ROG: That’s a great point. Most parents in America – when I tell my parents, “hey, I want to go to school for video game design.” The first question out of their mouth is going to be “what are you going to do with that degree?” There’s no such thing as going to college for something that makes me happy; it’s all about how to make money out of it. Good for you that you go to school for something that makes you happy.

LC: You pay for your time to study. You can’t live anymore because you have to constantly study. School should make you motivated, not miserable. A good teacher isn’t someone who knows everything. A good teacher is someone who can give you those few things during your time at university and motivate you. It’s not a competition of knowledge. Sometimes it could be a former student going through their own frustrations and they pass down to you what they’ve learned in life.

ROG: Great point. So, we’ve all had that one costume that was a lot of fun, and others that were extremely challenging. What costume did you have the most fun making, and which one was the most frustrating?

LC: Caius was the one that gave me the most satisfaction. It’s full of armor parts, and it was great winning because it didn’t show off my body [like how Dante and Tidus did], but I spent a lot of money on Caius. Especially making this (shows Caius’ weapon).

ROG: Wow… how did you make that?

LC: (Laughter) I don’t even know. It’s a bit damaged now. You can say that it looks good, but since I created it, I can say that it’s definitely damaged.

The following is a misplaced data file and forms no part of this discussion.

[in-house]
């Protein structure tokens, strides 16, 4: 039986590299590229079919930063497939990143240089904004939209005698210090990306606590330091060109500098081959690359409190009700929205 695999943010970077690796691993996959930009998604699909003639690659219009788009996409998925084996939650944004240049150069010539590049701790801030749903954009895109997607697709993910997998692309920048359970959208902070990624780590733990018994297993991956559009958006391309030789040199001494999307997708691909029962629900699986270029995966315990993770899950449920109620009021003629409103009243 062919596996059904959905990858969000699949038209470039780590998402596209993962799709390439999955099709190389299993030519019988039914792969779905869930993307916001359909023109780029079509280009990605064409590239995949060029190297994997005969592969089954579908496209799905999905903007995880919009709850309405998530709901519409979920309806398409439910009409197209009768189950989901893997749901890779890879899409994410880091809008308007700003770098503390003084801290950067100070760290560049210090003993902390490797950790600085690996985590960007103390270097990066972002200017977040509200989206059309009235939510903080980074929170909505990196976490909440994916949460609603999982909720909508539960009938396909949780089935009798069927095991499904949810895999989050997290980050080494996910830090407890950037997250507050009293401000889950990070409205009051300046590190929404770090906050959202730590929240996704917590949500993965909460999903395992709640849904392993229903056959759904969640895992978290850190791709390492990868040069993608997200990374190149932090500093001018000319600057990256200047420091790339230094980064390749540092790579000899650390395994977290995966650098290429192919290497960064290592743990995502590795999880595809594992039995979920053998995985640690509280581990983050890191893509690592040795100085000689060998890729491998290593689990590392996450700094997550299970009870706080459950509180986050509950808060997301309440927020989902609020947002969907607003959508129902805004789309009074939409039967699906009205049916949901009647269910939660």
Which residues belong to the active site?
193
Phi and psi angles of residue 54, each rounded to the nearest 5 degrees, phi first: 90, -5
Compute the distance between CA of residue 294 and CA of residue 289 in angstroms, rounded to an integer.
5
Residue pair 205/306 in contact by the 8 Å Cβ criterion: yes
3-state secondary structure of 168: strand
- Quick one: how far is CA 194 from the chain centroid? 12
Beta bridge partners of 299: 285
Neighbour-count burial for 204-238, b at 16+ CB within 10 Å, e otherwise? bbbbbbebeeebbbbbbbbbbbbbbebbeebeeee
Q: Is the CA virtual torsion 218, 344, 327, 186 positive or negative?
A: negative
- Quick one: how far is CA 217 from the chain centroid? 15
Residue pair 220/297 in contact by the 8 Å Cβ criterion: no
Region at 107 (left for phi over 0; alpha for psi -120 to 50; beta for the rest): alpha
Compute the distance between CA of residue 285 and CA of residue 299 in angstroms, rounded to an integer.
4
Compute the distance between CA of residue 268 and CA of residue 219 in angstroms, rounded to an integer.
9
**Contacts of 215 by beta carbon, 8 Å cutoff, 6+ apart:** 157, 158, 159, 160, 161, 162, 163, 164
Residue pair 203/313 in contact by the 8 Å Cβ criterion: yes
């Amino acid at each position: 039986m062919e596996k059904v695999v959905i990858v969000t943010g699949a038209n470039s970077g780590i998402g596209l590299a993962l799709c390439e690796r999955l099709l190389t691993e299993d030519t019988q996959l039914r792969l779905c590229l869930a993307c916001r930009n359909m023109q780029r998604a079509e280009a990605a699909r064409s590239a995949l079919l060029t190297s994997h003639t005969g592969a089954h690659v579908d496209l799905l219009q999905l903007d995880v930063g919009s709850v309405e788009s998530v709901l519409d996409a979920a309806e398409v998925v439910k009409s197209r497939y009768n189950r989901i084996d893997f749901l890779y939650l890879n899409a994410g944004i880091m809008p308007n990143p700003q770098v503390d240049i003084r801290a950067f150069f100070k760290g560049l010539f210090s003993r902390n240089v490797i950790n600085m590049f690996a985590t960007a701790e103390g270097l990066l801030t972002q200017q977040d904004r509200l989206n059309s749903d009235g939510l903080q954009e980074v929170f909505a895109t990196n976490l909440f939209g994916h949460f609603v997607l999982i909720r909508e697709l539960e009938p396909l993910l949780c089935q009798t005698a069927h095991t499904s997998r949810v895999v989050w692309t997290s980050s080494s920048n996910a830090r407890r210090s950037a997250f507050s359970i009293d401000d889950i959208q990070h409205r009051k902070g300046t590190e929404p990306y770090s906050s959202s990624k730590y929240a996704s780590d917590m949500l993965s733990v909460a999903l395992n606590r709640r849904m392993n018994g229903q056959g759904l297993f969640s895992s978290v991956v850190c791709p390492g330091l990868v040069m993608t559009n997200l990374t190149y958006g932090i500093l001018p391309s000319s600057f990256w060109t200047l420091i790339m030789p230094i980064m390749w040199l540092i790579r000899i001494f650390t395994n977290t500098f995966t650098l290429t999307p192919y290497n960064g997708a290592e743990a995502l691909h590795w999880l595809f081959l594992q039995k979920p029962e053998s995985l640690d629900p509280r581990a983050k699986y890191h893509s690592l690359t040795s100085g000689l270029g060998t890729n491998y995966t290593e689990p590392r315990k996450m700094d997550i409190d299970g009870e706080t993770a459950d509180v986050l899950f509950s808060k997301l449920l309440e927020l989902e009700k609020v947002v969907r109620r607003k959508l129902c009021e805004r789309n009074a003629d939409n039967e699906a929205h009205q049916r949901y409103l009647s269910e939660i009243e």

ROG: How long did it take you to make Caius’ cosplay?

LC: Ahhhh… a month. One month, every single day for five to six hours. If you look on my page, I have a work in progress album that you can see. I started with a piece of wood, and then cut the shape, added more layers of wood, and just added things piece by piece. I was covered in sawdust. I had so much sawdust on me that when I went outside, all the dogs kept trying to pee on my leg because they thought I was a tree!

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Caius was the most uncomfortable to wear. It’s a lot to put on. I went to a convention and I took three redbulls with me… I have no idea why I did that. When you’re anxious and nervous about getting on stage, I had to have a redbull. But then I was like, “Oh my God, I have to pee. What the [expletive] am I going to do?” I had to remove all the pieces of the cosplay. It took a half hour to put it on and fix it. Thankfully, the Dante cosplay from DMC was the easiest. I just had the coat, didn’t have a wig, and if I got hot, I could take the coat off. It’s hard with the Caius cosplay because he does a lot of movement, and it’s hard to move in his cosplay. I need to improve some things before I compete with it again for the debut of Final Fantasy XIII: Lightning Returns.

ROG: What do you enjoy doing the most – the outfit, the props, or the makeup and wigs?

LC: I hate the wig part. I have to make them in a way that it wont fall apart. When you’re on stage, you can’t have something like that go wrong. I mean, you’ve seen my Vegeta cosplay. It’s really heavy. I love doing makeup, but I love making my accessories. I’m well known for my props. I can get help with my tailoring and sewing stuff. If I have to do something with a coat, I’ll buy a coat and alter it. Come, on, let’s talk about it. I think it’s stupid. If you need orange pants, buy a pair and dye it. There’s no need to make one. I mean, sure, it can be satisfying, but really. Just buy a pair of pants and do what you need. With the accessories, you make it from scratch. I go to the woodshop, get the wood, and I get to work. Or you can use regular household items, like tubes from toilet paper, paper towels, or wrapping paper. Even plastic water bottles.

ROG: Obviously it takes a lot of work to keep your body in such great shape. What’s a typical workout routine for you? I know you’re all about ‘eating clean and training dirty.’